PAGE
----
My God in harmony and in chaos,
My God in success and in failure.
In Your mercy, remember me at the end of my life,
That with the saints and angels I may praise You forever.
Amen.

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It goes without saying that I’m a person who tends to obsess a lot over details, whether the subject matter is religious or not. I’ve struggled a lot with scrupulosity to one degree or another in my life (although thankfully to a much lesser degree now than in the past), which is why I wrote this prayer today. I’m sharing it here with the hope that it will help other people with similar problems.
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Happy Candlemas!
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-Isaac““
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St. John Bosco

January 31, 2019 - Leave a Response

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“Do not put off till tomorrow the good you can do today. You may not have a tomorrow.”

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“Servite Domino in laetitia!”

(“Serve the Lord with gladness!”)

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-St. John Bosco

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Fun fact: While perhaps better known for his patronage of publishers and young people, John Bosco is also the patron saint of stage magicians.

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March for Life 2019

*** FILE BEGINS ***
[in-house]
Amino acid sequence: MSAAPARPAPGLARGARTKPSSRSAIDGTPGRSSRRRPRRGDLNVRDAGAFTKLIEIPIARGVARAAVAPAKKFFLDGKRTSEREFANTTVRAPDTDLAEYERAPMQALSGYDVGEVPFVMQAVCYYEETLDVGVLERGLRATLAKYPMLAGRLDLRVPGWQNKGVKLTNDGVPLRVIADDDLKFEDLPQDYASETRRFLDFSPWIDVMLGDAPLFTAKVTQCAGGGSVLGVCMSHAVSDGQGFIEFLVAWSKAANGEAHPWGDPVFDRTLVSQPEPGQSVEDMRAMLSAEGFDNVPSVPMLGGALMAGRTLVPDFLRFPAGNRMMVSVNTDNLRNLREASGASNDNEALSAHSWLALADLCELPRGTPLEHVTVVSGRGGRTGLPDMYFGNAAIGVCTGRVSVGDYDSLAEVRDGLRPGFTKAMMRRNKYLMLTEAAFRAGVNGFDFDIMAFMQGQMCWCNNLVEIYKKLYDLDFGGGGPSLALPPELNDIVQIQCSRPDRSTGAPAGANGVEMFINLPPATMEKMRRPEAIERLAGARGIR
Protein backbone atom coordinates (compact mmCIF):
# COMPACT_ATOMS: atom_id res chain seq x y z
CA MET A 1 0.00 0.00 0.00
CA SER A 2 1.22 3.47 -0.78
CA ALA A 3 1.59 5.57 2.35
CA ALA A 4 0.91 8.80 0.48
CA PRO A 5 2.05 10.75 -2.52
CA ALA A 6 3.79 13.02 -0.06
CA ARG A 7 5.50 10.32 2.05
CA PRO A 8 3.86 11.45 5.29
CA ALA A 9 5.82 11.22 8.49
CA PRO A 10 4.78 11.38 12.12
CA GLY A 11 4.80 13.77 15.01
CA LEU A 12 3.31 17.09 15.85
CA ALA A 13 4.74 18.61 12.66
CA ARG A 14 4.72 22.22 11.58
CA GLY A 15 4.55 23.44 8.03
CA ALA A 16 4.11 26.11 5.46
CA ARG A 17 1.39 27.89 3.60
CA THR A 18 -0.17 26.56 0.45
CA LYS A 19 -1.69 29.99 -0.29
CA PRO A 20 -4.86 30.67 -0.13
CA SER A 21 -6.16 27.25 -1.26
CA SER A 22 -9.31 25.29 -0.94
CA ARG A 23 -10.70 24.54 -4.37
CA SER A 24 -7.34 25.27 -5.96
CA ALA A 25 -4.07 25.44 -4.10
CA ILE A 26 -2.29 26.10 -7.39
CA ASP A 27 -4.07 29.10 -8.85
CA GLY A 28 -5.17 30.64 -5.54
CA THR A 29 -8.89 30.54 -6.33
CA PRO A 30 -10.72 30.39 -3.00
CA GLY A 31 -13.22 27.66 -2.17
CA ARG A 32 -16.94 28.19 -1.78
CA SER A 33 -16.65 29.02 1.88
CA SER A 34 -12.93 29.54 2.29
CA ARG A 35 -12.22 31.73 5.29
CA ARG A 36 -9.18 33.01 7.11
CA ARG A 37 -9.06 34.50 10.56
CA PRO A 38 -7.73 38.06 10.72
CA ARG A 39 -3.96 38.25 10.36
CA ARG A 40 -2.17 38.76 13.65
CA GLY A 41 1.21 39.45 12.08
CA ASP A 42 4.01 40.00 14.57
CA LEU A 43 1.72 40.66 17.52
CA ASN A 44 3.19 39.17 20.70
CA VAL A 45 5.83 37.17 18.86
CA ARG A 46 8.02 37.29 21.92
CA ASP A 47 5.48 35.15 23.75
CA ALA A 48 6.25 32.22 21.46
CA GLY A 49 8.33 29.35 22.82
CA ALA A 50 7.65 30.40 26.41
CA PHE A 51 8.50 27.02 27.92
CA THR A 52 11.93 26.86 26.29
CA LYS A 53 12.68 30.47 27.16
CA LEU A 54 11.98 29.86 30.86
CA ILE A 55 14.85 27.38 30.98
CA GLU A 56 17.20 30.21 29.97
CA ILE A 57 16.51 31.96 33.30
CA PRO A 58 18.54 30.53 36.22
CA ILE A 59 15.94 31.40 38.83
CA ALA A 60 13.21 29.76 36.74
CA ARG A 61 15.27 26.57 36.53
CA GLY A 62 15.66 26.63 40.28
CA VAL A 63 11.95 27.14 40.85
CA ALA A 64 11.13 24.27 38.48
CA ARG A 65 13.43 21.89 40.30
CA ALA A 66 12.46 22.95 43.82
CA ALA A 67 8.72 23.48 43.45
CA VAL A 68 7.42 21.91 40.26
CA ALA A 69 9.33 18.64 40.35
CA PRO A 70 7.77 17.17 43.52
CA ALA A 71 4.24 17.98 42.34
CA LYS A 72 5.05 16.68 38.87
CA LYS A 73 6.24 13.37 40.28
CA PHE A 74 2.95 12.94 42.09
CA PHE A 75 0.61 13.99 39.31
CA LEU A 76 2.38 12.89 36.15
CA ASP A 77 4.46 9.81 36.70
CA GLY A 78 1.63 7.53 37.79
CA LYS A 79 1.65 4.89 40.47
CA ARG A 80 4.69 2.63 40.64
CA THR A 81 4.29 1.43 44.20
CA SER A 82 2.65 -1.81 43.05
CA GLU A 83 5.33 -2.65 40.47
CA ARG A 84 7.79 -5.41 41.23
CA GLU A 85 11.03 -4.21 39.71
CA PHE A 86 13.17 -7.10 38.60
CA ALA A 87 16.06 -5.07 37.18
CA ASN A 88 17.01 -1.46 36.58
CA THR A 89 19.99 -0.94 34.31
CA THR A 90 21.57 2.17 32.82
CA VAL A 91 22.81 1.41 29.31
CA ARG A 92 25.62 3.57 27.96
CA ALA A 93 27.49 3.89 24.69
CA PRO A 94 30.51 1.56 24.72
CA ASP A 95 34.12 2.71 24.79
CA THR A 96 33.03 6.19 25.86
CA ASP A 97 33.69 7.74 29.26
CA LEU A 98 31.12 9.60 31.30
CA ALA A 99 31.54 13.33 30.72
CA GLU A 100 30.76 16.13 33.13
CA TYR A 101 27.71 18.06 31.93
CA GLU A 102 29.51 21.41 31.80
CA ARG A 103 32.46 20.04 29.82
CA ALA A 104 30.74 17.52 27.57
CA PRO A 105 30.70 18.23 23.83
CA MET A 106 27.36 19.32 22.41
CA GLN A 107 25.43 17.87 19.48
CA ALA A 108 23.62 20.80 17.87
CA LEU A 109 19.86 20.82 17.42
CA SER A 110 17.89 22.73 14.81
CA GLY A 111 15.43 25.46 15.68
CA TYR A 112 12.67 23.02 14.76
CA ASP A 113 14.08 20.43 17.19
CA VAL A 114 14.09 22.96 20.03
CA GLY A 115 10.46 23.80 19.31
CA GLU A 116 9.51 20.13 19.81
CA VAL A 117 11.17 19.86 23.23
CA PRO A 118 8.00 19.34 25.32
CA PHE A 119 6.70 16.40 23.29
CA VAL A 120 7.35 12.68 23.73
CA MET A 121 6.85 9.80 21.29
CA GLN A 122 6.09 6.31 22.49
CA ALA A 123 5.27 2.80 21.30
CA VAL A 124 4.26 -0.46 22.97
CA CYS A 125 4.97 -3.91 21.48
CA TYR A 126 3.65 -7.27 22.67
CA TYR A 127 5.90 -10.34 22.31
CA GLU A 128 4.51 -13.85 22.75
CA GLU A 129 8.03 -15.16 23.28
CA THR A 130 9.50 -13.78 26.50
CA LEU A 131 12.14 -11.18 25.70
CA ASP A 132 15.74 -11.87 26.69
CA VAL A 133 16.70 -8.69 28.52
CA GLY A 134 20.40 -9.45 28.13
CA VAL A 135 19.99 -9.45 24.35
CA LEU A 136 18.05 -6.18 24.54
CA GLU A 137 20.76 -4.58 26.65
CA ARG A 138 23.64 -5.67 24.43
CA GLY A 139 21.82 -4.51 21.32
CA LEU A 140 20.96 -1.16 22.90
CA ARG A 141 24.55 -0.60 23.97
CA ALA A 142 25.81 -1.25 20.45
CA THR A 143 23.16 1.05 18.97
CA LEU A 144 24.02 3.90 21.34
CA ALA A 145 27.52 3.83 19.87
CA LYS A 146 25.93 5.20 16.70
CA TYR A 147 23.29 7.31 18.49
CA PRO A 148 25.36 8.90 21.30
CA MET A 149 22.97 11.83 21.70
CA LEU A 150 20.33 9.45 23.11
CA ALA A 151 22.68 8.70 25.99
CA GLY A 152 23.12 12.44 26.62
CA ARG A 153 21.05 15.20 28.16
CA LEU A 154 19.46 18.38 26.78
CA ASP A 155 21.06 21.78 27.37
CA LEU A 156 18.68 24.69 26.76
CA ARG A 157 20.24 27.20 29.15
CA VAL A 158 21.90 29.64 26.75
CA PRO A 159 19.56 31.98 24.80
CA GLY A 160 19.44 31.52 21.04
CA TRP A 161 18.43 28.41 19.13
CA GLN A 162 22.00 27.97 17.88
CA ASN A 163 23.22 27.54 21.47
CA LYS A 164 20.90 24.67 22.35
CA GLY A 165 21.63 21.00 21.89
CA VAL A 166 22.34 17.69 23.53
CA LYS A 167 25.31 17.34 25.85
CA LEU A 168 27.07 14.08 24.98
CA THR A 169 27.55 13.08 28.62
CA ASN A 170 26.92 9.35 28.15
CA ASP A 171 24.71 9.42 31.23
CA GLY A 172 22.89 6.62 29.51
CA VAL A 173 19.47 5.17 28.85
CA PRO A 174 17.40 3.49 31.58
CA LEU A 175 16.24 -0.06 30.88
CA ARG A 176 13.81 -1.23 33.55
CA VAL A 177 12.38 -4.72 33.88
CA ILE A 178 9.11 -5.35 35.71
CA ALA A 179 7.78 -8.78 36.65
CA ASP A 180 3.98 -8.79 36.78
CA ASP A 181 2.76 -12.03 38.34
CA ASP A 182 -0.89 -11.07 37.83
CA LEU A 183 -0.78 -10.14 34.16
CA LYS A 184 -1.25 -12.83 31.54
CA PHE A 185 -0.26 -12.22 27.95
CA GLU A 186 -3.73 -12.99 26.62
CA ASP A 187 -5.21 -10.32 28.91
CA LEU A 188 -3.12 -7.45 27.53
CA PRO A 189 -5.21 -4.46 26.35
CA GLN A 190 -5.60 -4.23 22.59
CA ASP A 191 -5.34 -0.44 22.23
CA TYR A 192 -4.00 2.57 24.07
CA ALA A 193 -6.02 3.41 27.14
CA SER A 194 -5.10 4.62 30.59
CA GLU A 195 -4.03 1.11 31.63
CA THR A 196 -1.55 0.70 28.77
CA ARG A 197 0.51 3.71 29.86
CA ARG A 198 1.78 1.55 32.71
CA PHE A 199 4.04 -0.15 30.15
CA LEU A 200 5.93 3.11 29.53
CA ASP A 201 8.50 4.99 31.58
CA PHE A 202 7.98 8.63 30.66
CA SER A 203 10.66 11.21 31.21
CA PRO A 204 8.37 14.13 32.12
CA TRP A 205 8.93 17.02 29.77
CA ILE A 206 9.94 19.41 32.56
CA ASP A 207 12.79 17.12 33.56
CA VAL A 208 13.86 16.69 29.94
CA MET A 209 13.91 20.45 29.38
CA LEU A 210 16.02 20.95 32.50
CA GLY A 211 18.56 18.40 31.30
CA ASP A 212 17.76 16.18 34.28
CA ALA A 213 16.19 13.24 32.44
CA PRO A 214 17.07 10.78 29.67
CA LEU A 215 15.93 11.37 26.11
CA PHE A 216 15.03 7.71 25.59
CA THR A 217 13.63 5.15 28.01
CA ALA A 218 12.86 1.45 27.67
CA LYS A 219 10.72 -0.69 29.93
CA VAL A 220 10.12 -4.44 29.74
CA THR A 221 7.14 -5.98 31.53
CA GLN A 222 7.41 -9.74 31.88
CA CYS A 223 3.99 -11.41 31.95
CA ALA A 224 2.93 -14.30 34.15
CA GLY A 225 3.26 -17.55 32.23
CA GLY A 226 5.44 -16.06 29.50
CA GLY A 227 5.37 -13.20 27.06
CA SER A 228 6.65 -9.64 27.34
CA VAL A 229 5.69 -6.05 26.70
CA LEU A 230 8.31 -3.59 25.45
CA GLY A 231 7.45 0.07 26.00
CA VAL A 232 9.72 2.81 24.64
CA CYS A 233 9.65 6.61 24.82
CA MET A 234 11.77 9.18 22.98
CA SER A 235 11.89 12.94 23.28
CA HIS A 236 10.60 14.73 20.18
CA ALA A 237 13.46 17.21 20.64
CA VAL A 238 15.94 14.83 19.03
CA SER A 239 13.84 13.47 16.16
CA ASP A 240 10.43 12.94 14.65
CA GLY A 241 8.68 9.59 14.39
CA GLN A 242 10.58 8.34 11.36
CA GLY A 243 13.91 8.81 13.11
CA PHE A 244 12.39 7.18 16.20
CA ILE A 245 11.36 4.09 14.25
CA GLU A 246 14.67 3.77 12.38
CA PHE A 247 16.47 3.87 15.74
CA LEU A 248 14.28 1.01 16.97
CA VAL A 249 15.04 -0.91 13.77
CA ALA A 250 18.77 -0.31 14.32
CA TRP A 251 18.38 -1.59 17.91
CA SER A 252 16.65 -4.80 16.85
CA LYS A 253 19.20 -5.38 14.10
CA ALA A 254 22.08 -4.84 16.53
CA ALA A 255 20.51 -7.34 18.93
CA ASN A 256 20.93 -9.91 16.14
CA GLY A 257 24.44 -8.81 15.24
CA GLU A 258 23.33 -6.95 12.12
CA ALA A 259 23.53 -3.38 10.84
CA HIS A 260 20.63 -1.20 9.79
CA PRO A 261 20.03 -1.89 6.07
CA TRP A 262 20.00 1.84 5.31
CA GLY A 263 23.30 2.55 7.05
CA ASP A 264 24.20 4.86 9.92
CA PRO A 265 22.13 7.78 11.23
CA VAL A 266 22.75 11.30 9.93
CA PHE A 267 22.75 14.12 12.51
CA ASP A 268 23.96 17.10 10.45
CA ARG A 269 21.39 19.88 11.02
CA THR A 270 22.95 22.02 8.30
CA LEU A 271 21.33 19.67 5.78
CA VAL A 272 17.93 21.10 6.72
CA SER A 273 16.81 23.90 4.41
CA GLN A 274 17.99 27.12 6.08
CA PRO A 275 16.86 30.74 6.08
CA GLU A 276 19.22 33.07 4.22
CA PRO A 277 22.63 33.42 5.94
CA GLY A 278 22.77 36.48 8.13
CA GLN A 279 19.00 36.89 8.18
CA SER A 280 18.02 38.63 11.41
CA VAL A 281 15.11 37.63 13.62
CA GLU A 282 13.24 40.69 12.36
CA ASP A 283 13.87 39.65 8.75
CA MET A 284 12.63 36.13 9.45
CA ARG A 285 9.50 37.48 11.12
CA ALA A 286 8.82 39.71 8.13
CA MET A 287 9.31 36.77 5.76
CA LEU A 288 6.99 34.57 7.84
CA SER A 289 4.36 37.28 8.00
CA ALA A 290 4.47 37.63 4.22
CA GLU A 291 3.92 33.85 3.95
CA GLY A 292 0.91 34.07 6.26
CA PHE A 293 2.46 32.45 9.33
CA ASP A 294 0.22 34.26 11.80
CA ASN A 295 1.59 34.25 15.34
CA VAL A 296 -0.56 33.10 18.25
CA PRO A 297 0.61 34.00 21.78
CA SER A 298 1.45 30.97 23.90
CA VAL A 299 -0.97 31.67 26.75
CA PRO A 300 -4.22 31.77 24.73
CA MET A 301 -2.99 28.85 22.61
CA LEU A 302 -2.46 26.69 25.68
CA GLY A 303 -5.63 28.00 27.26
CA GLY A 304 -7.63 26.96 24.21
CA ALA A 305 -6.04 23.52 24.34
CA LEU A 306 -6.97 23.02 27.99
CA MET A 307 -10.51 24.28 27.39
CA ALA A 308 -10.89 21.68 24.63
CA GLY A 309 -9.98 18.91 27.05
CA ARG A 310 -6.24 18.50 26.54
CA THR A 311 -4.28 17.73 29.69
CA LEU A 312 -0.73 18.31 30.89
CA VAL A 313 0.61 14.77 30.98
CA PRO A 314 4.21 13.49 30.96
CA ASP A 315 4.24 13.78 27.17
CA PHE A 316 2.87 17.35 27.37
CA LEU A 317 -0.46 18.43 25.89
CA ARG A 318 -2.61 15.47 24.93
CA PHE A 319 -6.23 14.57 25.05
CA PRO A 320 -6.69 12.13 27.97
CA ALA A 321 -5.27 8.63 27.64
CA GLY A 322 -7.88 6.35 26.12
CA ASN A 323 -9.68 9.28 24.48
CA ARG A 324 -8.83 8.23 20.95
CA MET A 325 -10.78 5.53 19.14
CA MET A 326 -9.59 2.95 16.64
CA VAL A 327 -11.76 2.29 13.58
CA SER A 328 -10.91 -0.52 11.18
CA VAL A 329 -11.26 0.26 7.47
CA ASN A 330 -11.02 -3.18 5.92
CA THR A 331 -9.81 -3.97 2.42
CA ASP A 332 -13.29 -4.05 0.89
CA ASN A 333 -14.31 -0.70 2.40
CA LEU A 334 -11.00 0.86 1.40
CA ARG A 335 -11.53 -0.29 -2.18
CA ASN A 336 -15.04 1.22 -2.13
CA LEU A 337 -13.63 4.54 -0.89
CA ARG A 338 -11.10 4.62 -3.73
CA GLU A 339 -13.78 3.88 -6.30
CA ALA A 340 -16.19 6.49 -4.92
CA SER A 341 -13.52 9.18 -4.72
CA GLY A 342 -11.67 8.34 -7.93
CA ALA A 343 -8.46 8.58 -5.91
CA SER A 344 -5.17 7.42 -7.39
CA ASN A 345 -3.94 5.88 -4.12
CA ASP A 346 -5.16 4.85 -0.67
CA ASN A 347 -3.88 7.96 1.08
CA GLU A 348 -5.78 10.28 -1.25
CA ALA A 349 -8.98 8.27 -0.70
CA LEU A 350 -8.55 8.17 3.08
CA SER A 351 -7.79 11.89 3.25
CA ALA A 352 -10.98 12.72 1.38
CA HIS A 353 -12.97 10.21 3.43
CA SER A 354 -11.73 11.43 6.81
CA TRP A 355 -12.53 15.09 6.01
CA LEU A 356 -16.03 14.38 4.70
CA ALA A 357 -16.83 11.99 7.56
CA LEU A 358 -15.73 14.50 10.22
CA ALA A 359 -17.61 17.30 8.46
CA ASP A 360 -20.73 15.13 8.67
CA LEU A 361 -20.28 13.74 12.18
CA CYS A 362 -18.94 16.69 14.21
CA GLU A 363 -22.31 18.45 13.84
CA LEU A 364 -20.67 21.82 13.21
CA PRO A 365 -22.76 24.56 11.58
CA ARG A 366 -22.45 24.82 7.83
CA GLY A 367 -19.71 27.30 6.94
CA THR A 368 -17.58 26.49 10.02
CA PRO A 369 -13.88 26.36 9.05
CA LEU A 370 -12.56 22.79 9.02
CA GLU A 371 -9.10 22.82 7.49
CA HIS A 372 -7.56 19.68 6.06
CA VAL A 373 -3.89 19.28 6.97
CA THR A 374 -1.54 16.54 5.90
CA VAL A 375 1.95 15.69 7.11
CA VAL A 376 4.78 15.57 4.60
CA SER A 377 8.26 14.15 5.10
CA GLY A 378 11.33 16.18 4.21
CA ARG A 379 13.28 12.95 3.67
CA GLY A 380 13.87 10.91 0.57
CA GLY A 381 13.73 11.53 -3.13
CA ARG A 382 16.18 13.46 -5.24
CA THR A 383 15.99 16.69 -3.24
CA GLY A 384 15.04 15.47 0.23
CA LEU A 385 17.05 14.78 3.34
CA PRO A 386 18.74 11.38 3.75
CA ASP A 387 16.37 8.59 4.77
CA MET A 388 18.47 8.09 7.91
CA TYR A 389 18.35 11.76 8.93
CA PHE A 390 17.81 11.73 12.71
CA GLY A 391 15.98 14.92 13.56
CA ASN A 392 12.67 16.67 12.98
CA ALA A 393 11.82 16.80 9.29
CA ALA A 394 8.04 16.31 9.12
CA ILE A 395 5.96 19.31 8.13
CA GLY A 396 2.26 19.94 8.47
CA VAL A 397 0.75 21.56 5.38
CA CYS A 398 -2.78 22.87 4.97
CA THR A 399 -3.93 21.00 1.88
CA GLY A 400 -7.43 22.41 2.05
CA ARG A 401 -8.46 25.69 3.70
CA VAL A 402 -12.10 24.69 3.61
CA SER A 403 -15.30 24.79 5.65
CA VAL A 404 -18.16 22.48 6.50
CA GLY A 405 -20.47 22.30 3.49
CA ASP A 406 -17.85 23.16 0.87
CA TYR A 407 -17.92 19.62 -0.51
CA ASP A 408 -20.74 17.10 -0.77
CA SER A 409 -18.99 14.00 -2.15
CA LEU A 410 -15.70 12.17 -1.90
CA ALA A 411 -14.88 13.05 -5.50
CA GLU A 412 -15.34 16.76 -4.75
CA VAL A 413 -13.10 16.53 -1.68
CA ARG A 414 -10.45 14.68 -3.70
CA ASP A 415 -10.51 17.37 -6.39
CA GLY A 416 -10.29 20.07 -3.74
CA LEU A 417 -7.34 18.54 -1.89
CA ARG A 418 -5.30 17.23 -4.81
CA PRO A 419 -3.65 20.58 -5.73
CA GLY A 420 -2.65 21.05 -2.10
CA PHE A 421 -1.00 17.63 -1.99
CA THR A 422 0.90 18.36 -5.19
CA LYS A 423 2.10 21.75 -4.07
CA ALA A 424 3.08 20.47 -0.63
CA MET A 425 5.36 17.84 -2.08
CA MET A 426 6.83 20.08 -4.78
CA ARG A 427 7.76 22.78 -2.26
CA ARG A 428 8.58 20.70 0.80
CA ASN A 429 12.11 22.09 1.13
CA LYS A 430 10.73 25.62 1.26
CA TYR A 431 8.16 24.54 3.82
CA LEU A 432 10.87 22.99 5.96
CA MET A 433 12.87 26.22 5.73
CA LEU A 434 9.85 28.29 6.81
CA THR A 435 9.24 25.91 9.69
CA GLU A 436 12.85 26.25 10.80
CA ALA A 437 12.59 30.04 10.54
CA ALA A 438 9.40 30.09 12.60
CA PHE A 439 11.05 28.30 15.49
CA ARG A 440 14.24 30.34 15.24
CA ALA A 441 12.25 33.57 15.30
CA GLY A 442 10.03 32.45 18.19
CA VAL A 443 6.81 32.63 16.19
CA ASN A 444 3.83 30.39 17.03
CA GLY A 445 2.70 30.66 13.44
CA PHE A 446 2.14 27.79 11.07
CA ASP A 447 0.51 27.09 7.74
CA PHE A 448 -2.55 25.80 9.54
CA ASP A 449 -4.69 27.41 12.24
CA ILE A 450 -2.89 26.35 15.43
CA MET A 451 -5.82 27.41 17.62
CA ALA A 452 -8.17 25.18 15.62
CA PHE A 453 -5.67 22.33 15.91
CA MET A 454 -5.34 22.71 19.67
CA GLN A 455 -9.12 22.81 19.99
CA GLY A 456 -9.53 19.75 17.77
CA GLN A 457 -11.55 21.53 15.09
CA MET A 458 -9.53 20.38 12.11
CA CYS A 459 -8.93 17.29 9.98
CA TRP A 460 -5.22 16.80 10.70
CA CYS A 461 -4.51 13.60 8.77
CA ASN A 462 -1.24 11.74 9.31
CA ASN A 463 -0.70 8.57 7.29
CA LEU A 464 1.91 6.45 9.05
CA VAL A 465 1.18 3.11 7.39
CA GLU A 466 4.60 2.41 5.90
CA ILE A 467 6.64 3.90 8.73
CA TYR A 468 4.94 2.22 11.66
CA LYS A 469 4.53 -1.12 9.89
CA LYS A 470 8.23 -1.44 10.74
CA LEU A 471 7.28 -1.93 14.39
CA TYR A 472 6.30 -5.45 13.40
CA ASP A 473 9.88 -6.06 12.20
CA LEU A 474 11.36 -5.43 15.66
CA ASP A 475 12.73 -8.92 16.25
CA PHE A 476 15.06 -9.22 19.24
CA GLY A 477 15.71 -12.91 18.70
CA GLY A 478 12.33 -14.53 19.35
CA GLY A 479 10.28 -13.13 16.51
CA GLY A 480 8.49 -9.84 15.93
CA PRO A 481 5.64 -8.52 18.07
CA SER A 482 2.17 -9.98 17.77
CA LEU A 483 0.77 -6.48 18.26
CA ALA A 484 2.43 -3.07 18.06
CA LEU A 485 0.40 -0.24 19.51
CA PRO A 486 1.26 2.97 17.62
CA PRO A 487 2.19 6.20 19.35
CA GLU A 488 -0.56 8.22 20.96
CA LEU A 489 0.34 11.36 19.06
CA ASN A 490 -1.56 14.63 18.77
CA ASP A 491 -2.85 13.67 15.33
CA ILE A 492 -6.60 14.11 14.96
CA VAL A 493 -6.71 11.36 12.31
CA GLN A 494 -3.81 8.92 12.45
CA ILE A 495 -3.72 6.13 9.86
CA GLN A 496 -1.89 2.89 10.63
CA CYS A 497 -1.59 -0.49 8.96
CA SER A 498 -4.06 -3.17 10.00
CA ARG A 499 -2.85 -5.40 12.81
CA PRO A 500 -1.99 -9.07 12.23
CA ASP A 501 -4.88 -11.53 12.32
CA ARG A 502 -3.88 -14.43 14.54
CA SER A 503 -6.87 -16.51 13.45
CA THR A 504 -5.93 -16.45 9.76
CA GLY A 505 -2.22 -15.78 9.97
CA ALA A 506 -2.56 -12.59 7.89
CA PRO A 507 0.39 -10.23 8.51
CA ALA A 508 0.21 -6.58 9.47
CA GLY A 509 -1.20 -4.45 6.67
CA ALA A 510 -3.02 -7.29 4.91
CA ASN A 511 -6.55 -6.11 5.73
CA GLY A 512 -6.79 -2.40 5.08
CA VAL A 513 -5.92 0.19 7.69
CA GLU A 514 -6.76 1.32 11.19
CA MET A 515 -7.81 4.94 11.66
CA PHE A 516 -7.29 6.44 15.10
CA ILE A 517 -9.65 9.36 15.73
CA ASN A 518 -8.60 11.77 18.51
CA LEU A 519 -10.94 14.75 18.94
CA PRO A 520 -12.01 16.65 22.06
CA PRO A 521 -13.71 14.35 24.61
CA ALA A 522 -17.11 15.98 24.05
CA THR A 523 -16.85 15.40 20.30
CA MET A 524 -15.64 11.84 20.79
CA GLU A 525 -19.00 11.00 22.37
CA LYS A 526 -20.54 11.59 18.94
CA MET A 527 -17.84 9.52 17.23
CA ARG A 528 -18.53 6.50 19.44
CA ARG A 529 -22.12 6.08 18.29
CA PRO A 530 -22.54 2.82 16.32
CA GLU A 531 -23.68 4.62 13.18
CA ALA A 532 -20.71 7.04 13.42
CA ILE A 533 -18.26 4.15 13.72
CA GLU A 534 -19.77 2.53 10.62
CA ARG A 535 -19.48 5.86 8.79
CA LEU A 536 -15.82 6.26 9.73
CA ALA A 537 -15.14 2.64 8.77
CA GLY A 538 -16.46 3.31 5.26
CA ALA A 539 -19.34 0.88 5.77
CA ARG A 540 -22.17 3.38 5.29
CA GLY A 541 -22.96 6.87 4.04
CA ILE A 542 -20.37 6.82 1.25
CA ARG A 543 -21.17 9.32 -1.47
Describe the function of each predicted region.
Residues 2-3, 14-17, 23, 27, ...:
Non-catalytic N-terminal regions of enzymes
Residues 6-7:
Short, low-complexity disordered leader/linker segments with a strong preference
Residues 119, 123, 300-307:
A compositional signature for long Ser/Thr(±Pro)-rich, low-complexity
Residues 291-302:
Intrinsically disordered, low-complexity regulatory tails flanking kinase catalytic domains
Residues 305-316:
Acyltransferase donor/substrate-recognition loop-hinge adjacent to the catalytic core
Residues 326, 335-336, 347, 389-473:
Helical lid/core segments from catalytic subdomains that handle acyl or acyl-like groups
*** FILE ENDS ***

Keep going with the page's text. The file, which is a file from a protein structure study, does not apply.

January 18, 2019 - Leave a Response

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marchforlife.org

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-Isaac““

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A Really Old Piano

January 15, 2019 - Leave a Response

Isaac’s Log—Stardate: 2019.15.
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So, I was at work yesterday afternoon, cutting old strings on a piano, so that it could be restrung; I’d never done this before, so it was a bit of a learning curve at first. You know the whole “can’t break a stick in a bundle” thing? Apparently, the same goes for piano wire; it’s kind of impossible to cut more than one string at a time. And, before you cut the strings, you have to relieve some of the tension by loosening their tuning pins, which you do by using a tuning hammer (which, despite its name, is actually a kind of socket wrench). I was a little intimidated initially, especially because sometimes the strings spark when they’re cut, and I was concerned at first about the wires popping up when I cut them (they didn’t; even though they have a lot of tension in them, I only really had to worry about my eyes getting poked when I helped take the strings out afterwards, during which I was very glad that I wear glasses). Eventually, though, I was able to get into a groove; and, by the end, I was able to cut them pretty quickly (at least compared to my very slow start)—however, it still took quite a while because, even though I wasn’t cutting the bass strings, there were three strings to each tenor and treble note. On the whole, though, it was a really fun process; I feel like I tend to be better at repetitive tasks in general, and the strings—although assumably no longer able to keep a tune—were still very musical, and often let out a final ping! as they were cut.